Since it was Sunday yesterday I went for a very long (and tiring) walk, and thought I would listen to an audio lecture by Osho. In the lecture, he was asked a question which kind of pertains to Buddhism. I thought it might be an interesting starting point for a discussion. The question was this:
Govinda: Can I become Gautama the Buddha, honestly?
Osho: Everyone possesses Buddha nature, so yes, you can become a Buddha. But you cannot become Gautama the Buddha. Nature makes everything and everyone unique - every pebble on the beach, every fingerprint, every grain of sand. Gautama was Gautama the Buddha, what purpose would be served by being him again? He did everything Gautama ought to have done. By trying to be him again you would just become an imitation, and this would damage you. It is better to try and be Govinda the Buddha.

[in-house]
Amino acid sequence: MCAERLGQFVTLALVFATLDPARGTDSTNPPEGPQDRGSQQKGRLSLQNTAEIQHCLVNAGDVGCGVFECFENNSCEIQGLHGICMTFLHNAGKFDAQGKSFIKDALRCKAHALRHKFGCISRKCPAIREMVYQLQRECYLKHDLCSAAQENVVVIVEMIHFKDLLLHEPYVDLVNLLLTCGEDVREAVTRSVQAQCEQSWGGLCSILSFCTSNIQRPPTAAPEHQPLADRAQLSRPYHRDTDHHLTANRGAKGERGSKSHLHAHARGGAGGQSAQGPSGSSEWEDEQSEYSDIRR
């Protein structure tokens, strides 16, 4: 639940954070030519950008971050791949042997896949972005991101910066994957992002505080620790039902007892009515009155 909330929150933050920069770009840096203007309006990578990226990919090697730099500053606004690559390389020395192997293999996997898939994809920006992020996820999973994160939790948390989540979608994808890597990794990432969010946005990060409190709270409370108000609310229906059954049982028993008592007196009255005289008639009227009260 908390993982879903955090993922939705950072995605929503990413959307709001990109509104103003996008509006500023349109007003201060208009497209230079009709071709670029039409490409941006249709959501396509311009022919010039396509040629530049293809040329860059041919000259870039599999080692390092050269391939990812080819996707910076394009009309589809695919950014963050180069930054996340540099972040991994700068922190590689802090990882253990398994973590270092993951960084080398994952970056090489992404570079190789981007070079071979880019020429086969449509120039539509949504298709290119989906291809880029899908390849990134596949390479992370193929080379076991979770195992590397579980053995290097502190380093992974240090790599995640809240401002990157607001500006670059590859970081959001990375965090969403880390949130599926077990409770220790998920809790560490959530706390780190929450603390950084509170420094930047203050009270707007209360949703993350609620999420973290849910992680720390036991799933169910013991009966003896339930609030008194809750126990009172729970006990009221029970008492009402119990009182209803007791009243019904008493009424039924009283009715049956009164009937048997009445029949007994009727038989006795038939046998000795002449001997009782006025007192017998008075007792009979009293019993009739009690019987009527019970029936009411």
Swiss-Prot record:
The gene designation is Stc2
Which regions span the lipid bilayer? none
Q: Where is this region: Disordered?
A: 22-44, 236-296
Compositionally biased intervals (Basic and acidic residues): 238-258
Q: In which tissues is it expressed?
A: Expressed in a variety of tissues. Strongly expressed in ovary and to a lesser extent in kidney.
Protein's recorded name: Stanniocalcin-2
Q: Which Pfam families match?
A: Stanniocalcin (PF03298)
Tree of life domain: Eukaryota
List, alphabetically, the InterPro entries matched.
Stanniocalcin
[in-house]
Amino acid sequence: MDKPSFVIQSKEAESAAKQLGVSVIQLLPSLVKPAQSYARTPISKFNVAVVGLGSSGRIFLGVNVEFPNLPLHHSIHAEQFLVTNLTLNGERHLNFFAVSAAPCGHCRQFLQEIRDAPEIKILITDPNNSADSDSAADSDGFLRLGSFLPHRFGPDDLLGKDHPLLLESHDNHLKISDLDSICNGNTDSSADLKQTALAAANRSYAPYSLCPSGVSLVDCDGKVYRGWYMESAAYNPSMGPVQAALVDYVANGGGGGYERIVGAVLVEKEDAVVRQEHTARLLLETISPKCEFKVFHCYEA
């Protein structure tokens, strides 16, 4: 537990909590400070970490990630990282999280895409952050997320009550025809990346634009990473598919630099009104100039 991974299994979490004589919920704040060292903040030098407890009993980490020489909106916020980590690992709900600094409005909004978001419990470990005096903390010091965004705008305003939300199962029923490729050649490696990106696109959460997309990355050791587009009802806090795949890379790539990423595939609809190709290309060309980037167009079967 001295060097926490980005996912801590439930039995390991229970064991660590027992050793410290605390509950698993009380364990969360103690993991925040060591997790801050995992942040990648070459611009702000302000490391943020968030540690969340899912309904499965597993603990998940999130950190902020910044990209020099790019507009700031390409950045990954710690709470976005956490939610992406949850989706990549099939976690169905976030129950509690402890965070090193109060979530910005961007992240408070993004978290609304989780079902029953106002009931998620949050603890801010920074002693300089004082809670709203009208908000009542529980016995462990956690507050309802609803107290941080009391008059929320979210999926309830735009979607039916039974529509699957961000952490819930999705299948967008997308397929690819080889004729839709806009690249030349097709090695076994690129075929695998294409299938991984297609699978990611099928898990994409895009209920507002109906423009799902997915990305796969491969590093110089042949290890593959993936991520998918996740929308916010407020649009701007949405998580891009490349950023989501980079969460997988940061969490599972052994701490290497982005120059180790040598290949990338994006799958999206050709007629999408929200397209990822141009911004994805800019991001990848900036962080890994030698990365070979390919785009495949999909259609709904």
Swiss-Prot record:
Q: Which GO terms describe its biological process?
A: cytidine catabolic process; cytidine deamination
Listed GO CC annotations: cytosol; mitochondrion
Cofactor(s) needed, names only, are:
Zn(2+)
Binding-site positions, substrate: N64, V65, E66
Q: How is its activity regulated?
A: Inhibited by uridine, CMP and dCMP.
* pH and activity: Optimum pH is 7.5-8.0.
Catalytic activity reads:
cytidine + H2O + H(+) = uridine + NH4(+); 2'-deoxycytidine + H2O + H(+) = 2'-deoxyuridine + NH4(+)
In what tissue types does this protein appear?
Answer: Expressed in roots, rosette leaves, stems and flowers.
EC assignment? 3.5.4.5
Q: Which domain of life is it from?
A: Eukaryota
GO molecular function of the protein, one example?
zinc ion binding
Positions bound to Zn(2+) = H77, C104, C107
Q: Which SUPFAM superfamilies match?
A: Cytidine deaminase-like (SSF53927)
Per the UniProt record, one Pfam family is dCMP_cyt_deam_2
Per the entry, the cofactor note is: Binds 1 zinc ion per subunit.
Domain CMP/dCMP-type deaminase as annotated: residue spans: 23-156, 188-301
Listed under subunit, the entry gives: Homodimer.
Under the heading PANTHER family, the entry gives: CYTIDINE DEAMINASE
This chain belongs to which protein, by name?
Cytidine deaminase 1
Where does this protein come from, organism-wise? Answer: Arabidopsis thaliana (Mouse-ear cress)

So this set me to thinking, where does one draw the line between learning from an enlightened master like the Buddha, and copying him? Gautama the Buddha left behind many sutra's, a detailed description of the path to enlightenment. How far does that path carry you towards becoming a copy?
Undeniably you are changed by undertaking a serious study of Buddhism. If you take it on board and put it into action, you are no longer the same person as you were before, and in part this is the point, it is a path towards self improvement, or transformation. But you also have qualities that make you you. Gautama turned out to be a great teacher, Govinda might be quite different. What parts of yourself should you attempt to change, and where should you accept your individuality?